Start With the Hardest Part: Control Panel Design

There are clearly more than two types of people in the world, but if we were going to work with this popular (if asinine) theory, then a nice way to make the distinction might be to make it between people who tackle challenges by addressing the easiest part first and those who go for the hardest.  I belong to the latter group of folks and for this reason, I am starting off my e-brewery build by attacking the control panel first.

Key Decisions

In a lot of ways addressing the control panel first is the only logical way to start, as it forces you to make some key decisions in the overall design of the system.

120V or 240V Power? – How to power the brewing system was probably the decision I waffled over most.   At the center of most e-breweries are electric water heating elements (like those in household water heaters).  These elements can run off 120V (the voltage in a normal outlet) or 240V (the voltage in an outlet like your electric clothes dryer) residential power. Unsurprisingly, when available, 240V power is superior choice, allowing for the use of 4,500W-5,500W elements and shortening the time it takes to bring water and wort from room to boiling temperatures.  The Electric Brewery build uses 240V power to fire two 5,500W heating elements.  The problem with 240V power is that it isn’t widely available in most homes (rather specifically wired for a few appliances like dryers and stoves), it can be a pain in the butt to install a new receptacle, and I am renter (meaning I can’t monkey with the house too much either way).  Because I am locating my brewery in my laundry room, I do have the option of unplugging my dryer and using that receptacle on brew day.  But ultimately, I don’t know that I am going to live in this house forever and I want to build something that gives me the most flexibility into the future.  And so, I decided to use 120V power for my e-brewery so that it can be plugged into almost any residential outlet.  Moreover, because my build is designed around 5-gallon batches (smaller than those driving The Electric Brewery design), I’m hopeful that my heating times wont be too terrible.

RIMS or HERMS? – My quests for higher efficiency, better temperature control, and all around better beer, demand that I upgrade to a recirculating system.  The Electric Brewery build uses a HERMS design.  Wort passes through a stainless steel coil located HLT (hot liquor tun) where it is heated and recirculated back to a mash tun using a high temperature pump.  While this is a great design, it is NOT particularly compact (it uses three large Blichmann Boilermaker pots and two pumps all on the same tier) and it doesn’t have much consideration for energy efficiency (nothing is insulated and it does not take advantage of gravity).  Because I am looking to brew inside a very compact footprint, I started looking at two-vessel builds (for example the rather cool Brutus 20).  I finally settled on a RIMS design that uses the boil kettle like a RIMS tube during the mash, or what the good folks at Blichmann are calling a Kettle-RIMS or K-RIMS system.  The result will be a two vessel, no sparge system where an insulated mash tun is positioned vertically in relation to a boil kettle.  This design allows me to eliminate an accessorized brew pot, a heating element,  a pump, and a lengthy stainless steel coil from the original The Electric Brewery design.  Now that’s $AVINGS!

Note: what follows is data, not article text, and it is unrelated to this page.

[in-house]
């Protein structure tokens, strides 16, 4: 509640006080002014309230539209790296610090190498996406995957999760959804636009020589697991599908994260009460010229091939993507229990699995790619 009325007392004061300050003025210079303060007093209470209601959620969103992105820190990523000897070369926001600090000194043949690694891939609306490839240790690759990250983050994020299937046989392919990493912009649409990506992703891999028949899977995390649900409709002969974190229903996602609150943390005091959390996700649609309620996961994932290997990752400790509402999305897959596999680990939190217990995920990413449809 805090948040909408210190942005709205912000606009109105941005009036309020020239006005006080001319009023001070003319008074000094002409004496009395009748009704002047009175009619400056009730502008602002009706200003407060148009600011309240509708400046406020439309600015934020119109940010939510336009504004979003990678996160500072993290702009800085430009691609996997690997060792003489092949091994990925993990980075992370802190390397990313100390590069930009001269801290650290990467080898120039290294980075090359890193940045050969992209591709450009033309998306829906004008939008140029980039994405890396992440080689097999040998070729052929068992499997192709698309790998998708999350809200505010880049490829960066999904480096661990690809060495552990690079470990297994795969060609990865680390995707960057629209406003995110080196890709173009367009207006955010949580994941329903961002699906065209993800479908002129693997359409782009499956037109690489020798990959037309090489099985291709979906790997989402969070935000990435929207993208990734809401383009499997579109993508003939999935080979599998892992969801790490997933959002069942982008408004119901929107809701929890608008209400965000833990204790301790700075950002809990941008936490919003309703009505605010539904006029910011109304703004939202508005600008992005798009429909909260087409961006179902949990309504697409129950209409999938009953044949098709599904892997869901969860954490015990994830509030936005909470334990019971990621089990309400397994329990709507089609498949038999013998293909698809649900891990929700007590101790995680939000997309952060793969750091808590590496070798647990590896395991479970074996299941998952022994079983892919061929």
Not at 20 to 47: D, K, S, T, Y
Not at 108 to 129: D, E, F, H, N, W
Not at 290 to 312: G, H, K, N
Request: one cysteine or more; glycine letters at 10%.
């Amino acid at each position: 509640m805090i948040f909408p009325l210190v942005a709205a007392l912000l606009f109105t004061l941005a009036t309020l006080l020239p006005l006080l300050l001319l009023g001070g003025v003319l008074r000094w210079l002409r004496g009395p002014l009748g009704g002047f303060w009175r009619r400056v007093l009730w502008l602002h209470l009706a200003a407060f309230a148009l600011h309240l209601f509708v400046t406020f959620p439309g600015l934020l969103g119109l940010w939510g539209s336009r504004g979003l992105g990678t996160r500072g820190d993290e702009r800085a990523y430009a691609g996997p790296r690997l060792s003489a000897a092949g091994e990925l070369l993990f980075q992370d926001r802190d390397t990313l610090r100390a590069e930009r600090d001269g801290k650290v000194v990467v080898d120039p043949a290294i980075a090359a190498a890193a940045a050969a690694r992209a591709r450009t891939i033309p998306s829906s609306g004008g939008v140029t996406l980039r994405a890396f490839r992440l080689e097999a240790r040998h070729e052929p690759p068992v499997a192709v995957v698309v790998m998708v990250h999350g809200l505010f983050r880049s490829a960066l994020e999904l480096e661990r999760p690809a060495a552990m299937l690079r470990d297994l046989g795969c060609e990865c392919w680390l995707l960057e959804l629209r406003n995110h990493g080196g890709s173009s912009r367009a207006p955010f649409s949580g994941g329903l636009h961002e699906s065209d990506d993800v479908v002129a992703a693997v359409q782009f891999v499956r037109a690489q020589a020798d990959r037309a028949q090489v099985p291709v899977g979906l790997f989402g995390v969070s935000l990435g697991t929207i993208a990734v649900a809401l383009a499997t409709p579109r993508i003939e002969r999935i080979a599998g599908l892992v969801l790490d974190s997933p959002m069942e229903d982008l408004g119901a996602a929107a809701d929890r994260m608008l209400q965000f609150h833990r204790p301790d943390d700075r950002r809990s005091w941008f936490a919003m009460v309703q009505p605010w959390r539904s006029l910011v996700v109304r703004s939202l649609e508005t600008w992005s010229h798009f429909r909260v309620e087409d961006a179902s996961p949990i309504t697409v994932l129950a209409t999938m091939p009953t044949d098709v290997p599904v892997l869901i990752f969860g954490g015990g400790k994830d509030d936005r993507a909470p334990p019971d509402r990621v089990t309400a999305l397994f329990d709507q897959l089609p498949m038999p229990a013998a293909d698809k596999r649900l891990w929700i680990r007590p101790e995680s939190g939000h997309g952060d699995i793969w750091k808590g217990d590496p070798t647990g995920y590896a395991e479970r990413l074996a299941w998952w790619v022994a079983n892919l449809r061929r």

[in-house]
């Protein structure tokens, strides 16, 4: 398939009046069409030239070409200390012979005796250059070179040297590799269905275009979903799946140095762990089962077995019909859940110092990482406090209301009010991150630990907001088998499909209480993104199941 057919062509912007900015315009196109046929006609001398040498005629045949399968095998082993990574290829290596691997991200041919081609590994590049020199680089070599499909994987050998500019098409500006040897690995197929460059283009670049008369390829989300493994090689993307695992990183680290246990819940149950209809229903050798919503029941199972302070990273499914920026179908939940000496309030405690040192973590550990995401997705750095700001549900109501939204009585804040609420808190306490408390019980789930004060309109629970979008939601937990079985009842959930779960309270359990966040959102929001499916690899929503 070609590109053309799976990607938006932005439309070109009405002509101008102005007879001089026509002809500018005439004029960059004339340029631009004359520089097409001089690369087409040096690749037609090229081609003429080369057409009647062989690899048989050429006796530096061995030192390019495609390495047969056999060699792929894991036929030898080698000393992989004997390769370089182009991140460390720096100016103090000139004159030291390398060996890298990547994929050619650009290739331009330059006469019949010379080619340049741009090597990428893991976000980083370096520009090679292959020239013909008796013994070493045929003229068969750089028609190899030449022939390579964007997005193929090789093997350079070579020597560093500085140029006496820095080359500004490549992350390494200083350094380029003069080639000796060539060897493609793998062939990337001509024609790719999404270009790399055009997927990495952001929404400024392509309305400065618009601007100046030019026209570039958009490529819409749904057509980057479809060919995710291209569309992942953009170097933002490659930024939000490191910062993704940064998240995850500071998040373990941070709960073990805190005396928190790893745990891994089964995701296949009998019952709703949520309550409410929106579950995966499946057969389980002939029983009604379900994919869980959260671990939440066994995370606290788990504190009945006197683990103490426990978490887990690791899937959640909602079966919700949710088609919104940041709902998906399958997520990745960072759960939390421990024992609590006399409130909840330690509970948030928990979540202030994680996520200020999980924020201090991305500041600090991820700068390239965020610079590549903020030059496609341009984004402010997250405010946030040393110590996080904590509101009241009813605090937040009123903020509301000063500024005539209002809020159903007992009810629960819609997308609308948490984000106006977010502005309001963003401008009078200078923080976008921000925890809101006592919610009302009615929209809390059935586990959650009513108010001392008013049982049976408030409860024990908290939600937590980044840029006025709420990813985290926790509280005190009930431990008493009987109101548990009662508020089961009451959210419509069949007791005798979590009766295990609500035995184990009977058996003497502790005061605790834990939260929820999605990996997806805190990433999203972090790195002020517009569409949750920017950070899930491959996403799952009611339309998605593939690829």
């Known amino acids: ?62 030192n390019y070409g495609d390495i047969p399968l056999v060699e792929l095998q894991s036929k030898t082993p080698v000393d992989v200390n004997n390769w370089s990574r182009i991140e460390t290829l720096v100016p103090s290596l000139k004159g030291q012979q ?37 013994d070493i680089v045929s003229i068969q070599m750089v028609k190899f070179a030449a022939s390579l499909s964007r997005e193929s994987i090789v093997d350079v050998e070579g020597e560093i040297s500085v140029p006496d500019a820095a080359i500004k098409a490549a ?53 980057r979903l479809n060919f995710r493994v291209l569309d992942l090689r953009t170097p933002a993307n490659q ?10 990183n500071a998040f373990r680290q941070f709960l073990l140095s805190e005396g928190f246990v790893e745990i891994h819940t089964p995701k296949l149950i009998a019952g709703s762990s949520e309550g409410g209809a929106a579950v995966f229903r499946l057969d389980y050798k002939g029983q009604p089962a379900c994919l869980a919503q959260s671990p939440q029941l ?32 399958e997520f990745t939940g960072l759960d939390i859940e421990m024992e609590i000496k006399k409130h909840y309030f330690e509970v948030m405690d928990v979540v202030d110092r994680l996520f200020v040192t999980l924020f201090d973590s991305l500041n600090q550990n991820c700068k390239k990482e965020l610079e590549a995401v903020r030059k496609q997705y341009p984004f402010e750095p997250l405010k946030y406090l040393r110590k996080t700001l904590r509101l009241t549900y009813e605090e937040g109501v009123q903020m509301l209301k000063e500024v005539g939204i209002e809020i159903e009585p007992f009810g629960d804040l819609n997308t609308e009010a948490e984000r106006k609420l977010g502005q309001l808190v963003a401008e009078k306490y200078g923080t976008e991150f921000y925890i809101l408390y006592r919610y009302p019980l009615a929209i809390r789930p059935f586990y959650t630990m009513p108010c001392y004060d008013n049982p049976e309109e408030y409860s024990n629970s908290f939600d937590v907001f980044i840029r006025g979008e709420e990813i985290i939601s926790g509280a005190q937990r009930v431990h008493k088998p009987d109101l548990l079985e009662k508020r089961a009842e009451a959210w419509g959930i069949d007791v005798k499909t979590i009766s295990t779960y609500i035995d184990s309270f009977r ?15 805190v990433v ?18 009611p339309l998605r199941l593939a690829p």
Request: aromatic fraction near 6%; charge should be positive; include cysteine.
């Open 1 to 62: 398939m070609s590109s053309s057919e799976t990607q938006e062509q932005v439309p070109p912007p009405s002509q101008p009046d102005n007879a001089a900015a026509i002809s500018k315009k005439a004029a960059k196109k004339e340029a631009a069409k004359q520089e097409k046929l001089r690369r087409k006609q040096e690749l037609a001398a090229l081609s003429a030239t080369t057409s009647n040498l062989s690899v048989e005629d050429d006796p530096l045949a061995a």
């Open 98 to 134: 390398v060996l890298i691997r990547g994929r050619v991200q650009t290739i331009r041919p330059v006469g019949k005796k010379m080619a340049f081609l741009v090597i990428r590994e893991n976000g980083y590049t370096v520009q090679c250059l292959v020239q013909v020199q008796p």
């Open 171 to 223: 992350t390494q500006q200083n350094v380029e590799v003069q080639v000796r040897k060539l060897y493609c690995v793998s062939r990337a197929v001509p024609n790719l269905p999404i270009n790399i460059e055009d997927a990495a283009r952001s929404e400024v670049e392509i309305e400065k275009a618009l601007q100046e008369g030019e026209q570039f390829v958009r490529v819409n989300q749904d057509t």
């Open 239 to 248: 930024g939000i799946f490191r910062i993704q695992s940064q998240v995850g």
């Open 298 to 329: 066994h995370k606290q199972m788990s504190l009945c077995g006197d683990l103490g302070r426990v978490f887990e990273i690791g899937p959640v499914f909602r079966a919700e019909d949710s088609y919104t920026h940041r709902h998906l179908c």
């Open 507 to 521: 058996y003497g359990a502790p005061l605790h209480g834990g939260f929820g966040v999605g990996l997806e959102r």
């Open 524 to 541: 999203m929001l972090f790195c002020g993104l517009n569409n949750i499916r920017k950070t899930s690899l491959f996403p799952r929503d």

Having made these two key decisions, I began planning the wiring for the control panel.  Again, the information on The Electric Brewery was absolutely invaluable in my planning.  Having something to modify was infinitely more feasible than starting from scratch.  I did however, modify the design heavily, as I was able to eliminate quite a lot of circuitry from the The Electric Brewery control panel.

  • Because I am using only one heating element (in the boil kettle), I can remove all of the wiring and components for one of the elements as well as the switch that toggles between elements in the original design.
  • I  scaled back from 3 to 1 PID Temperature Controllers.  The original design used one controller for each element and a third simply to read temperatures from the  mash tun (which, seems to amount to a rather expensive thermometer).
  • I eliminated the Voltage and Amp meters from the control panel, as they were merely cosmetic.

Below are the wiring diagrams I will be using for my 120V control panel’s four major systems.

Control Panel Power
Timer and Alarm
Heating Element
Wort and Air Pumps

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Electric Homebrewery: Getting Started

As promised, I am veering away from the current events theme that has been dominating my blog lately for this upcoming series of posts. Instead, I’ll be posting updates on something I am almost as passionate about (though perhaps I should not admit that): my homebrewery.

If any of you homebrewers out there are anything like me, you are perpetually in some state of upgrading–or at least planning to upgrade–your  brewing system or fermentation/dispensing rig.  Over the years, I’ve slowly made improvements to just about every aspect of my brewing process.  I given myself more dispensing options by moving to kegs, converting an old dorm fridge into a kegerator, and building a jocky box for serving on the run.  I’ve more tightly controlled my fermentation temperatures by converting an old fridge into a fermentation chamber.  I’ve added pumped aeration and filtration to my brew day.  And even geeked out pretty hard on water chemistry to try to get the most out of my mashes and dial in on the characteristics of styles I brew most.  What I have surprisingly NOT changed much over the years is my actual brewery.  My propane burner, brew pot, mash tun, and wort chiller have served me well for years, but are LONG overdue for an upgrade.

IMG_1089IMG_2163IMG_2156Friends know that I have recently relocated from Charlottesville to Lynchburg Virginia to join the faculty at Randolph College (GO WILDCATS!). The move has been a perfect opportunity to make a lot of changes for the better–in the way I live and work, in my space and with my belongings, in my health and well being…and now, in my homebrewery.

I have a few specific goals in mind in making this upgrade.